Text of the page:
“After the loss of someone it’s normal to feel flat and blue,” says Snare. “So, you have to be careful in considering what is natural depression that follows grief and loss. That can go on for some time, and it’s normal – however, it’s when it starts interfering with someone’s daily life function that they need to get some professional help.”

Of course, depression isn’t always linked to an event, and for both anxiety and depression, it can be innate.

“People can be genetically predisposed to depression and anxiety,” says Snare. “Sometimes it can hit very, very suddenly.”

Whittington says if a ‘down mood’ lasts for more than two weeks it’s time to seek help.

Overcoming the conditions

There are a number of tactics to manage anxiety and depression, including counselling and medication.

The first thing to do, however, is to seek help from your doctor, who can then advise on the best course of action. Surprisingly however, according to government site Health Direct, 54% of people who experience mental health conditions don’t seek help.

“There needs to be a change in both behaviour and thinking,” says Snare.

“Their physical and cognitive structures need to change the situation that caused or led to the depression or anxiety.”

Cognitive Behavioural Therapy (CBT) is a preferred treatment that psychologists use.

“This helps people work out their thinking and their self-talk,” says Snare.

“We help them identify what it is they’re saying to themselves and challenging some of the things they’re saying to themselves – CBT helps them reframe those things.”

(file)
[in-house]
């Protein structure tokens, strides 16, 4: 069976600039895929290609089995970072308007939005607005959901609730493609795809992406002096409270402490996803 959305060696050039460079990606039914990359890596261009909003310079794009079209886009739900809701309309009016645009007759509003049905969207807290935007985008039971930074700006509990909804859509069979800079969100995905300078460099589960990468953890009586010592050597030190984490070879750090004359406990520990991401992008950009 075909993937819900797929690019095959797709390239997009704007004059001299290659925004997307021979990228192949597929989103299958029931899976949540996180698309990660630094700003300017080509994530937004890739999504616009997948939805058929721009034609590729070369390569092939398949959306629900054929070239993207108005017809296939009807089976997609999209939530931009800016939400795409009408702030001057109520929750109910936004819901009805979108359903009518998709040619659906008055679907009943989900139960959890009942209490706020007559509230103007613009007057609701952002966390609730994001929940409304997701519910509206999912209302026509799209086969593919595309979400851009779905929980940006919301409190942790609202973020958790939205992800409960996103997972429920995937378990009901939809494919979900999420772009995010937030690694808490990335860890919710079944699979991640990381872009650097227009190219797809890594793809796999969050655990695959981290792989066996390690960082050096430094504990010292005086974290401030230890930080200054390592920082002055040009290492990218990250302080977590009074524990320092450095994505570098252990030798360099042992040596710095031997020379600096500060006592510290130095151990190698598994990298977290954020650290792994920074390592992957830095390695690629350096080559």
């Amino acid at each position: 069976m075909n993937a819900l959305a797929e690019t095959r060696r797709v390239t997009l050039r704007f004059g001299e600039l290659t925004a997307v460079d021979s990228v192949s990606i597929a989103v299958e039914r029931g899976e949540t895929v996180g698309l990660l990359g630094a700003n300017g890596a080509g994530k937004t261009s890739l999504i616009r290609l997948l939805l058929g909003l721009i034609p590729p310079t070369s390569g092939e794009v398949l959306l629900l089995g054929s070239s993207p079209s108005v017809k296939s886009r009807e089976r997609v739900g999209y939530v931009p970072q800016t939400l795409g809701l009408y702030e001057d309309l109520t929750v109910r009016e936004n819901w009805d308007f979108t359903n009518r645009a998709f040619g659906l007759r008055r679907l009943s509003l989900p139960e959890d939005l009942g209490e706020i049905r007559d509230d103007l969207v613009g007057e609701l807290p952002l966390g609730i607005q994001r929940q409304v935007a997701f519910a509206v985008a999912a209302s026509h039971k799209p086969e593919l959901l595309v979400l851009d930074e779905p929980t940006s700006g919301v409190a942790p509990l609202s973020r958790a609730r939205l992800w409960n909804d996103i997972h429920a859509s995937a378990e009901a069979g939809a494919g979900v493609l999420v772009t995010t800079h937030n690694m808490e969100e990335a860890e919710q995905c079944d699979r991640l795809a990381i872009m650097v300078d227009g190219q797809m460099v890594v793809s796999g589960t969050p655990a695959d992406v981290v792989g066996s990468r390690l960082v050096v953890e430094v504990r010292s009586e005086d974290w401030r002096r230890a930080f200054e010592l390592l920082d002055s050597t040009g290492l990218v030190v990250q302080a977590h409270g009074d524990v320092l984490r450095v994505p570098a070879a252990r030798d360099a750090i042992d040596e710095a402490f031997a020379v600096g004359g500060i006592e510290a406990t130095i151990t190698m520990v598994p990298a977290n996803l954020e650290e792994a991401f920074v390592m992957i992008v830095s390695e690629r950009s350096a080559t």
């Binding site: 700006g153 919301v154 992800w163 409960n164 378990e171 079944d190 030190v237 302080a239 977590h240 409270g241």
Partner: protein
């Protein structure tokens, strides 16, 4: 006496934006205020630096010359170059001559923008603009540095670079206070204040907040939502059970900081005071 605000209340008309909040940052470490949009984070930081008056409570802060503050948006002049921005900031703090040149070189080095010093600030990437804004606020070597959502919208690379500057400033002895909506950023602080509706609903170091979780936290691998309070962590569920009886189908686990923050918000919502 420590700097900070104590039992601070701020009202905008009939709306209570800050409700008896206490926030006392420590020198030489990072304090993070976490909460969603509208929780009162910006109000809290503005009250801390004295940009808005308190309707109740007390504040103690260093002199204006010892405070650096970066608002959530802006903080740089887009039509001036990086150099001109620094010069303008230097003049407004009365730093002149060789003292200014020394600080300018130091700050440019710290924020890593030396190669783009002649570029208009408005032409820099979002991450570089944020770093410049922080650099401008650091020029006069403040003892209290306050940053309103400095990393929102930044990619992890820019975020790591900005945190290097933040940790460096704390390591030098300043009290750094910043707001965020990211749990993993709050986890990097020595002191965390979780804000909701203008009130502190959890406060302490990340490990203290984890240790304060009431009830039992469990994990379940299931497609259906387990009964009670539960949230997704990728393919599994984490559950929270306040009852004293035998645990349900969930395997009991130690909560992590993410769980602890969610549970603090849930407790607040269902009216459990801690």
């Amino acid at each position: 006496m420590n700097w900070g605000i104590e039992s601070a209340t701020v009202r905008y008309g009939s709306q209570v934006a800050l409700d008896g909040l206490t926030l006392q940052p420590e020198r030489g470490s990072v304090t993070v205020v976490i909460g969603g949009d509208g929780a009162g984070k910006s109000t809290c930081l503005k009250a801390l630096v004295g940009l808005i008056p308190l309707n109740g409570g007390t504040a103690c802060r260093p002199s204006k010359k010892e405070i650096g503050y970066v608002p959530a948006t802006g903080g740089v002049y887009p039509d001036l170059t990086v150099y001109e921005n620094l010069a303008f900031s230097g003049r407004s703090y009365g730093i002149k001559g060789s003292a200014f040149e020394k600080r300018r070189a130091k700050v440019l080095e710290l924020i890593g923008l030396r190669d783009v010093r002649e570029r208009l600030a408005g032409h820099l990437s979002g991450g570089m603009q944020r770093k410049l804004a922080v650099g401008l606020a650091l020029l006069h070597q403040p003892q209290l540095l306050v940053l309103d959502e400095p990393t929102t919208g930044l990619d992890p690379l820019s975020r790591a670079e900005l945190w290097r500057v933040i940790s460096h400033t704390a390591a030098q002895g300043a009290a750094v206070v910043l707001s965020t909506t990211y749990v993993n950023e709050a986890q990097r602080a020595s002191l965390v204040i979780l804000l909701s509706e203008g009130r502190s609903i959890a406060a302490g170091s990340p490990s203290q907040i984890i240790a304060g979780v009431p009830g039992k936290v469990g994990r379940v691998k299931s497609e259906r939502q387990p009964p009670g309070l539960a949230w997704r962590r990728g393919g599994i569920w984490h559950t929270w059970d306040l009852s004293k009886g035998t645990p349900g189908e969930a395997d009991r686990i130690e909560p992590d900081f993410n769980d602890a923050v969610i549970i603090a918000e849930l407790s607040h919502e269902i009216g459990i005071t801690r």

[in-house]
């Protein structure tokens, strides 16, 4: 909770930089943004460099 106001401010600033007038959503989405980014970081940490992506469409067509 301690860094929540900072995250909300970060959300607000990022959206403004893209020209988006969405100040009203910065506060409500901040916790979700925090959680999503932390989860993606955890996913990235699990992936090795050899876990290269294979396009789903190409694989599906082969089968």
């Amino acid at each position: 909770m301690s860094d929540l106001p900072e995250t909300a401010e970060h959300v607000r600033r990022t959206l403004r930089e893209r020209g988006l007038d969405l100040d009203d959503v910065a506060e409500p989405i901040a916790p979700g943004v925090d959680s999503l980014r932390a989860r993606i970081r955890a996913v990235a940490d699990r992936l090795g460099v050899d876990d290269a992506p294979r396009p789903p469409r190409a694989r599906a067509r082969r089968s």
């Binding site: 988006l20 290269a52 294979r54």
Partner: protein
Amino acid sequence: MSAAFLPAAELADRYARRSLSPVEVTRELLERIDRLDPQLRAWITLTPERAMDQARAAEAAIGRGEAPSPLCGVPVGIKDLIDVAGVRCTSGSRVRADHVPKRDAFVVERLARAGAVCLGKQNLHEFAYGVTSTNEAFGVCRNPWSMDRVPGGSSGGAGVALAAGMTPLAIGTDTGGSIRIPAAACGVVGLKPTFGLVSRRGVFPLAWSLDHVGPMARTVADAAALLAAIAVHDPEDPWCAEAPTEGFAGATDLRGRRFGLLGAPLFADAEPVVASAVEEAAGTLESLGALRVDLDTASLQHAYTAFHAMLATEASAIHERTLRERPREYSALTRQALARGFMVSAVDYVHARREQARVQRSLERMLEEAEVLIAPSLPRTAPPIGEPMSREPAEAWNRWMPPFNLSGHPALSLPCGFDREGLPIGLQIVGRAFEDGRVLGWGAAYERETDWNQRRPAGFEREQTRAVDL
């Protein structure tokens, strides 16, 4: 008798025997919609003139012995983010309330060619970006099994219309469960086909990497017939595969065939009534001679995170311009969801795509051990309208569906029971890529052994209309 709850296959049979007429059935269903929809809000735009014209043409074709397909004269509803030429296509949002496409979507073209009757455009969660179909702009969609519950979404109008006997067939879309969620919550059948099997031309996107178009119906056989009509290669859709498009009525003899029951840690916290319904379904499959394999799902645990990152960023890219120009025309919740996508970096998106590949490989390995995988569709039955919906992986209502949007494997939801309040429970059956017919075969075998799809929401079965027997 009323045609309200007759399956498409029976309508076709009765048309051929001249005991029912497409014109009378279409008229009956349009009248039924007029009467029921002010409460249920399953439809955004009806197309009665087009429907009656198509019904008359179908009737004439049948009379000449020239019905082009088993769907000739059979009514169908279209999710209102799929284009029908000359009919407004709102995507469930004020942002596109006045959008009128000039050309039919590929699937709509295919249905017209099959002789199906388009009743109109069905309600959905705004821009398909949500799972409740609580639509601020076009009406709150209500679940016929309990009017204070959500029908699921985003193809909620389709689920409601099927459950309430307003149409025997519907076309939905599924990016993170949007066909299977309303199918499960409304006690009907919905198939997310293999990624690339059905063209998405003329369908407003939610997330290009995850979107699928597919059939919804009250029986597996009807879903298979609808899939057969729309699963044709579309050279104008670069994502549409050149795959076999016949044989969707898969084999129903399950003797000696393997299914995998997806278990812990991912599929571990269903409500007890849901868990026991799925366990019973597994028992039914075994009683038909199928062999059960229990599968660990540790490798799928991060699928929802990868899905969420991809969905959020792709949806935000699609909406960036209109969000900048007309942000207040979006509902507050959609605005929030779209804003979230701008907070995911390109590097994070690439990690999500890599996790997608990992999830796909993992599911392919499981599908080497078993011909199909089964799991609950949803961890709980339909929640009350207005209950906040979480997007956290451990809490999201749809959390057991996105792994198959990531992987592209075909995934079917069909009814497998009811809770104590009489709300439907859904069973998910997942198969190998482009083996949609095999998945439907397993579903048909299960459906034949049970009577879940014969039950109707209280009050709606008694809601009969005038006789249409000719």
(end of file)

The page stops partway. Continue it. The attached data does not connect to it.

Other psychological strategies include mindfulness, acceptance and commitment therapy (ACT), hypnosis and emotional freedom techniques.

“Different techniques work for different people,” Snare says.

Exercise, too, is important. “It’s known as the best natural anti-depressant,” she says.

For more severe cases, medication can help.

“Medication can mask some of the symptoms, which enables people to then deal with the root cause,” says Snare. “But if medication is used, it is important to combine it with psychological treatment.”

Taking time for your health

Twenty per cent of Australians take time off work each year due to feeling mentally unwell, according to Heads Up.

This can create another problem, as financial stress can be a contributor to mental health conditions. In this scenario, taking time off work without having to worry about the need to keep funds rolling in would certainly be beneficial.

Having the right life insurance and income protection policies in place could help relieve this pressure, enabling you to focus on the most important thing. Your health.

In the meantime, if you’re experiencing the symptoms of a mental health condition, talk – to a friend, a family member, a colleague or a professional. Seeking help is the first step.

About Mental Health Navigator by Best Doctors

Empowering and supporting you to better mental health

With an eligible policy from MLC Life Insurance, you and your family members can access Best Doctors, including its award-winning Mental Health Navigator service.

Mental Health Navigator offers quick, virtual access to a network of leading Australian clinical psychologists and psychiatrists, along with a dedicated mental health nurse, to give you confidence in your diagnosis and treatment plan for a mental health condition. The service is confidential and you don’t need to be on claim to access it.

Learn more about Best Doctors and Mental Health Navigator.